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Why South Africa's IOT ecosystem is vital to small business development

Why South Africa's IOT ecosystem is vital to small business development

While South Africa is not investing nearly enough R&D into its IOT ecosystem, there is progress and the market should expect more solutions from a fresh wave of new entrepreneurs entering the space.

This is according to Phathizwe Malinga, MD of South Africa-based DFA subsidiary and licensed Sigfox operator SqwidNet, focused on IOT solution development and rollout.

The company recently hosted a pitch day for its IOT Entrepreneurship Program (IoT)E , an opportunity for budding businesses to pitch their ideas to five potential investors.

(IoT)E includes a group of 60 prospective entrepreneurs and ICT business owners representing 40 small but established businesses, as well as 20 start-up operations.

"I think this is a good ratio, when we started, I thought it feels like you have more people on the ground who are able to help these entrepreneurs, so there's a good swell of them, you know, when you are at the 30 percent mark.... that they also are not being dictated to. If I was to push it, I wouldn't go beyond 40/60, I like it being more small businesses, because its almost a similar mind-set, it's just one or two of them are one or two years ahead."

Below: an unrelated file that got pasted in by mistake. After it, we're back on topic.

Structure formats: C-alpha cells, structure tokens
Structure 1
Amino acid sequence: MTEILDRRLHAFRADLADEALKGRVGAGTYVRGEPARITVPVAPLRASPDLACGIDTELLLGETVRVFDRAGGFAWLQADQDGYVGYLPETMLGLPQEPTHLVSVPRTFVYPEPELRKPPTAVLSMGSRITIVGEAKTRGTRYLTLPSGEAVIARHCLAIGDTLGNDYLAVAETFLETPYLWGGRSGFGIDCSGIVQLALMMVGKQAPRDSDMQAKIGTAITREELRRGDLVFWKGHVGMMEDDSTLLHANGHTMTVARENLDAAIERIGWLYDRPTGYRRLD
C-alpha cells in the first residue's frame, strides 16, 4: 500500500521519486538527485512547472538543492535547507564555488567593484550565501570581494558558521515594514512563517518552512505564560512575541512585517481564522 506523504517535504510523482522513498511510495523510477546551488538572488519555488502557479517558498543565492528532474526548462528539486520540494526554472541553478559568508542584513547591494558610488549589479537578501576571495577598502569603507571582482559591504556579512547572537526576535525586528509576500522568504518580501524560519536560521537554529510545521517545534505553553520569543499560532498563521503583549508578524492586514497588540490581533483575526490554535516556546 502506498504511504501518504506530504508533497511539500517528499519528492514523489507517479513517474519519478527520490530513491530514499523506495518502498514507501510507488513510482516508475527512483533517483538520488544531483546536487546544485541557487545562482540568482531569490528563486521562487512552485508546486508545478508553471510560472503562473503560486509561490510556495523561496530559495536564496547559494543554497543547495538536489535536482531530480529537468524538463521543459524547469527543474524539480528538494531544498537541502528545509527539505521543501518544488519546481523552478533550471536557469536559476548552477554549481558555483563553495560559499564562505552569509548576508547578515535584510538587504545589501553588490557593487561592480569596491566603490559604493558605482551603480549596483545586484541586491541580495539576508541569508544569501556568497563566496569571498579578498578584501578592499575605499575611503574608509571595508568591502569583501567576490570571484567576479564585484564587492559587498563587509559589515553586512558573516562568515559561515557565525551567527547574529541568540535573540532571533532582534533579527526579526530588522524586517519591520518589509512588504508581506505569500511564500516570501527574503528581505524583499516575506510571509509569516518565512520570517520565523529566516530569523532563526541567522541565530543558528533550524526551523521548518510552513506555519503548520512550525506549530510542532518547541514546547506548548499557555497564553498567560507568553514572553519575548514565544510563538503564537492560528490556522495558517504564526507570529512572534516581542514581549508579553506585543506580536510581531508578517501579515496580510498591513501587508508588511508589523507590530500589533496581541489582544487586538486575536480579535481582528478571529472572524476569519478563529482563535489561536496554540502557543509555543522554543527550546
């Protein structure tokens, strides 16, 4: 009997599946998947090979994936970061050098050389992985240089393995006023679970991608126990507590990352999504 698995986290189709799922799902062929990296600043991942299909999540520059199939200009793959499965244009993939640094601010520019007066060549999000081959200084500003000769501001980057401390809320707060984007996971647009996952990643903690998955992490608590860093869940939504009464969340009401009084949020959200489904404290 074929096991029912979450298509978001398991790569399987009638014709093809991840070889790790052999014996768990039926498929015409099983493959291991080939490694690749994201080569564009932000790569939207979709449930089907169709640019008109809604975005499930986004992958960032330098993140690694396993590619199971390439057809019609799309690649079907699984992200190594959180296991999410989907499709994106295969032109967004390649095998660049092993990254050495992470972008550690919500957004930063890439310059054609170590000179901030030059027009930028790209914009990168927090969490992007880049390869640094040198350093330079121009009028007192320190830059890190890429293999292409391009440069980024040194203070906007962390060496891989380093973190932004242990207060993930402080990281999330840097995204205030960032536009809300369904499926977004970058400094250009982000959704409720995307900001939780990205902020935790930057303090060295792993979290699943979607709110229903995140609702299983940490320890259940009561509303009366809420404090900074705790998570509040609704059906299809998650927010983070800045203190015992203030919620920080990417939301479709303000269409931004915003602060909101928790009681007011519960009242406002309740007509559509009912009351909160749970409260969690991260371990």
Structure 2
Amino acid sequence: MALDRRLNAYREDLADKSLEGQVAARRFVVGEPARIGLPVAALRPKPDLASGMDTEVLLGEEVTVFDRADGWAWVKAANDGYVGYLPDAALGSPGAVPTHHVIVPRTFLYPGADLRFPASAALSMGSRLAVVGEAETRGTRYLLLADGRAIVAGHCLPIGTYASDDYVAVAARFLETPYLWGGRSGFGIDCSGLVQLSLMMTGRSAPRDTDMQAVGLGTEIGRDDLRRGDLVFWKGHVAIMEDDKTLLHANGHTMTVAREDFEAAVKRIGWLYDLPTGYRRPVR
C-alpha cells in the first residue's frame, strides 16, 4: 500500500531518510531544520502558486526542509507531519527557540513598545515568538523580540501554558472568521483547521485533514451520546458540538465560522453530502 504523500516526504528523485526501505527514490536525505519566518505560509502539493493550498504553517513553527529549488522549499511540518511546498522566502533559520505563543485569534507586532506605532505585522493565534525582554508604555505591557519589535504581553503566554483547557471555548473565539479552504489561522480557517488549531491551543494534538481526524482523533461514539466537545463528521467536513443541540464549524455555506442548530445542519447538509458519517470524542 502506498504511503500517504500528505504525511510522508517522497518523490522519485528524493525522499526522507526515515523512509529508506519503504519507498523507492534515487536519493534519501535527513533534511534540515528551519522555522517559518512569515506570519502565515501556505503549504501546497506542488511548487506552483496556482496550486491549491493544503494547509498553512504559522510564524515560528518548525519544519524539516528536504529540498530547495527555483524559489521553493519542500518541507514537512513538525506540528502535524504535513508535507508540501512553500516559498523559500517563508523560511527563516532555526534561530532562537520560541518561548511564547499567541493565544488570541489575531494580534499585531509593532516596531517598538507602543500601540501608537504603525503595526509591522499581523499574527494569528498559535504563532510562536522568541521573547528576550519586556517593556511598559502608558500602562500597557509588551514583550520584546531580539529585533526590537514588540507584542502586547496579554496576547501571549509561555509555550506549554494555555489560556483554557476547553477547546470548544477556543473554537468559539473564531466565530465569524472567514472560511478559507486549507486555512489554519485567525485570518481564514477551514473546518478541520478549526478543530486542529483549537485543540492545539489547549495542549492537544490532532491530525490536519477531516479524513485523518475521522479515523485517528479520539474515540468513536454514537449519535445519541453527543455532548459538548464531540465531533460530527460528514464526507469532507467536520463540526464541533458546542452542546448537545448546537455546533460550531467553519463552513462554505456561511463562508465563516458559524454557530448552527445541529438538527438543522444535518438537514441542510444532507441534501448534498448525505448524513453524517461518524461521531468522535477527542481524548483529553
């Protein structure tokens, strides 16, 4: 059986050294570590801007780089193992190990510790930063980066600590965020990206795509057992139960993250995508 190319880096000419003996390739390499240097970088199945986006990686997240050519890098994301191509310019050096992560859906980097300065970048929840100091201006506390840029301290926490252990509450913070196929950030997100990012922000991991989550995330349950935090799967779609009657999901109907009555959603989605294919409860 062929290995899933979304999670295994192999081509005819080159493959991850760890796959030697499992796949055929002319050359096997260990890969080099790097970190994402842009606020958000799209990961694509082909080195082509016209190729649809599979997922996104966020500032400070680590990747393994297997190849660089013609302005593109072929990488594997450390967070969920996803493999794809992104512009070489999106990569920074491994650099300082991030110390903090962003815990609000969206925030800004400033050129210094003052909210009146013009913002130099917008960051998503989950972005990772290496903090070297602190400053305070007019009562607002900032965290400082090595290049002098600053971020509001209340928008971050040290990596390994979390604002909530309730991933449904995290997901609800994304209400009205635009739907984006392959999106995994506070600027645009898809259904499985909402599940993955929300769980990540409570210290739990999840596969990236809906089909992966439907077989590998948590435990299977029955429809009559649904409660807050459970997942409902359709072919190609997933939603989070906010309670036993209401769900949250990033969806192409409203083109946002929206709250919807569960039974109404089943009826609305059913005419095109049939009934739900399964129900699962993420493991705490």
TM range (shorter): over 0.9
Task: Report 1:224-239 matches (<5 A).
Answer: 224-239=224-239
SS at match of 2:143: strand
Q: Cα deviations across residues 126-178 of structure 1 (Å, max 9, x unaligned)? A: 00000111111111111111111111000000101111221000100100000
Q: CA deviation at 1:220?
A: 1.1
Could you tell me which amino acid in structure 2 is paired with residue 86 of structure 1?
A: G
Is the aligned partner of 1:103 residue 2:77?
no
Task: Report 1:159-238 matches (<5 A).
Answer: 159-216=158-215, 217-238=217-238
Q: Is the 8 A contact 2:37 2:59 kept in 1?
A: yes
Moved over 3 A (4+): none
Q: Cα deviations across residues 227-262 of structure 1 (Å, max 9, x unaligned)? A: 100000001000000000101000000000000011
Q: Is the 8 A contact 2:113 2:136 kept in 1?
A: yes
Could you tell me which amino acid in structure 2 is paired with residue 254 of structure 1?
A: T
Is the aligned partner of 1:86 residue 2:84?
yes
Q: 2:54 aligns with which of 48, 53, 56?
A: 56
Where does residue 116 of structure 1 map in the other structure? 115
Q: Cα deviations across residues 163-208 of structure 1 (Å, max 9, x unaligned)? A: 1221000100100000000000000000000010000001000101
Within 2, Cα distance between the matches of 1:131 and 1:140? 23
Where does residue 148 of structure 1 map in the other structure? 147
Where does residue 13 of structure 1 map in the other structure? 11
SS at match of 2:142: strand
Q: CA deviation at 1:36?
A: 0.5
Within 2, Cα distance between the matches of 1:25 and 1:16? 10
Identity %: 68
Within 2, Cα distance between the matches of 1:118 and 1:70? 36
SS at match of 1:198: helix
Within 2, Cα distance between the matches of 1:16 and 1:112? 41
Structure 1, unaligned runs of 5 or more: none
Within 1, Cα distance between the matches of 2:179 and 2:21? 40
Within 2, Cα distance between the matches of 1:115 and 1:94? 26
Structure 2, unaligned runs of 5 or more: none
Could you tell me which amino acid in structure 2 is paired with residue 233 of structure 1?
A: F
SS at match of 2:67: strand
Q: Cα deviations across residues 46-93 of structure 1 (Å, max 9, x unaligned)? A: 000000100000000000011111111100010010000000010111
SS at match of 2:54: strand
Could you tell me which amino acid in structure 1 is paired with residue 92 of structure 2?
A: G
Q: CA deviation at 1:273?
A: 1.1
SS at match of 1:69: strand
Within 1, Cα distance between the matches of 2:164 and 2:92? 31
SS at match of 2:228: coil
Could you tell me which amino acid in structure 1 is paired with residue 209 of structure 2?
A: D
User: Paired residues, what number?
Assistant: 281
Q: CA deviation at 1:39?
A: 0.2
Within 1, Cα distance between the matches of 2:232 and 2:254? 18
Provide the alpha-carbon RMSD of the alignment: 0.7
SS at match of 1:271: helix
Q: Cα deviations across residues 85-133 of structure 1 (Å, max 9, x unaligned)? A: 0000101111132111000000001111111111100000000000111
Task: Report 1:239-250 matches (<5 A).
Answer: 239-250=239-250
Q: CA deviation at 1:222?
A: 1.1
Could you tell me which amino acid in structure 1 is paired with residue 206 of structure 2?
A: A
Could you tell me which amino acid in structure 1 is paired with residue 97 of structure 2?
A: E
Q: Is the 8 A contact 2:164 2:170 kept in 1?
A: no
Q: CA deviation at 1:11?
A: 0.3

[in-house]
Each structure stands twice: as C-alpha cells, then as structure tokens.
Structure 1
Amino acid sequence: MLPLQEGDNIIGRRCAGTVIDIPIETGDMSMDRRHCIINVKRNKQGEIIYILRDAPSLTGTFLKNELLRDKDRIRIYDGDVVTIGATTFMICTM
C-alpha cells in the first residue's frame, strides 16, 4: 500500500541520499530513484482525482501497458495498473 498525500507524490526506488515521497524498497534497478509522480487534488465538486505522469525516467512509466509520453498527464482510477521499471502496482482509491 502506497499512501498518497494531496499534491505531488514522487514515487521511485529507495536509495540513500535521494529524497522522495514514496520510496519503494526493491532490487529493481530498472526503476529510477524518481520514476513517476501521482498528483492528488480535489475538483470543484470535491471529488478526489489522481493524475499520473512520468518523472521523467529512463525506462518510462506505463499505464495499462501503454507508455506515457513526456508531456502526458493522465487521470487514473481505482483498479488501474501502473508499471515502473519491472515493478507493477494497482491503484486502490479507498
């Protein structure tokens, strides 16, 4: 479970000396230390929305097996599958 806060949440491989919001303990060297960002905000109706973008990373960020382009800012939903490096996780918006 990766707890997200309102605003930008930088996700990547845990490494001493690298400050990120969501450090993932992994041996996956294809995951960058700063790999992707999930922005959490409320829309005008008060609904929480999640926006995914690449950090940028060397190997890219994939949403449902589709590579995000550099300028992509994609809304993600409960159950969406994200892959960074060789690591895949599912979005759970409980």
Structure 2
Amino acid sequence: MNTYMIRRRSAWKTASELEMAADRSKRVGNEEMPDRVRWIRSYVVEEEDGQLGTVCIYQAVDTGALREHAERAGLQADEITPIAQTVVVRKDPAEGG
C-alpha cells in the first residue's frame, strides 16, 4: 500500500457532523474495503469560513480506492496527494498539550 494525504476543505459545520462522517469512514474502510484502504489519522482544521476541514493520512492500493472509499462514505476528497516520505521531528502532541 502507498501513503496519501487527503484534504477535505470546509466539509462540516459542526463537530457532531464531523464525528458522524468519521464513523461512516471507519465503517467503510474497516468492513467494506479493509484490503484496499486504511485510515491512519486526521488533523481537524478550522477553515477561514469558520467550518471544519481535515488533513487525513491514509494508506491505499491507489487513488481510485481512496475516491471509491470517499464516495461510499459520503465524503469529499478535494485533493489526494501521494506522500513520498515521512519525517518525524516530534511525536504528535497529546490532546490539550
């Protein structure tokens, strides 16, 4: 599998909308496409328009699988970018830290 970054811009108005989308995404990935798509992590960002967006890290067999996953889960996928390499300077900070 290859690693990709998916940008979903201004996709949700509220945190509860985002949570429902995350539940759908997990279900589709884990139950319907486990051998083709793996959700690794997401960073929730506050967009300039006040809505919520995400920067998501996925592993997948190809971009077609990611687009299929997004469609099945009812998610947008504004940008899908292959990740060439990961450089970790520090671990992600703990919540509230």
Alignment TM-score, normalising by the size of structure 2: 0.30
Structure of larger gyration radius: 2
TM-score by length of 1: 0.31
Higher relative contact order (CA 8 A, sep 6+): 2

On pitch day seven finalist groups, narrowed down from the group of sixty over a period of a year, engaged the investors.

The main criteria was business' ability to develop androll out IOT-based solutions designed to address specific South African problems.

Solutions presented covered smart security, smart gas monitoring, a smart hand sanitiser, and a smart medical kit.

The finalists included Inobeshon, Jonga Systems, tekSolve, devXpress, The Awareness Company, Mkazi Concepts, and Line of Sight Technology (L.O.S.T).

Practicality of IOT

Malinga says there are many buzzwords in ICT today, including blockchain, AI and 5G ... "and we know, in theory, what these terms can do for us, but we don't see it on the ground until the big companies have started doing it."

This is where IOT differs in terms of practical application says Malinga and it is possible to purchase a kit, know nothing about IOT and "in two hours' time you will have built your first prototype."

It is then possible to acquire commercial grade IOT at a cost that is not prohibitive.

"The minimum requirement is to be human and be alive," Malinga quips. He suggests that because of the advent of IOT technology, start-up businesses are able to not only scale, but also sustain their models and compete quickly in markets.

Malinga references boombadotmobi, an online waste management business touted as "the Uber of waste removal', as an example.

He said the start-up business had little capital but a clear business plan and when they approached SqwidNet, they put up under R1000 as an investment.

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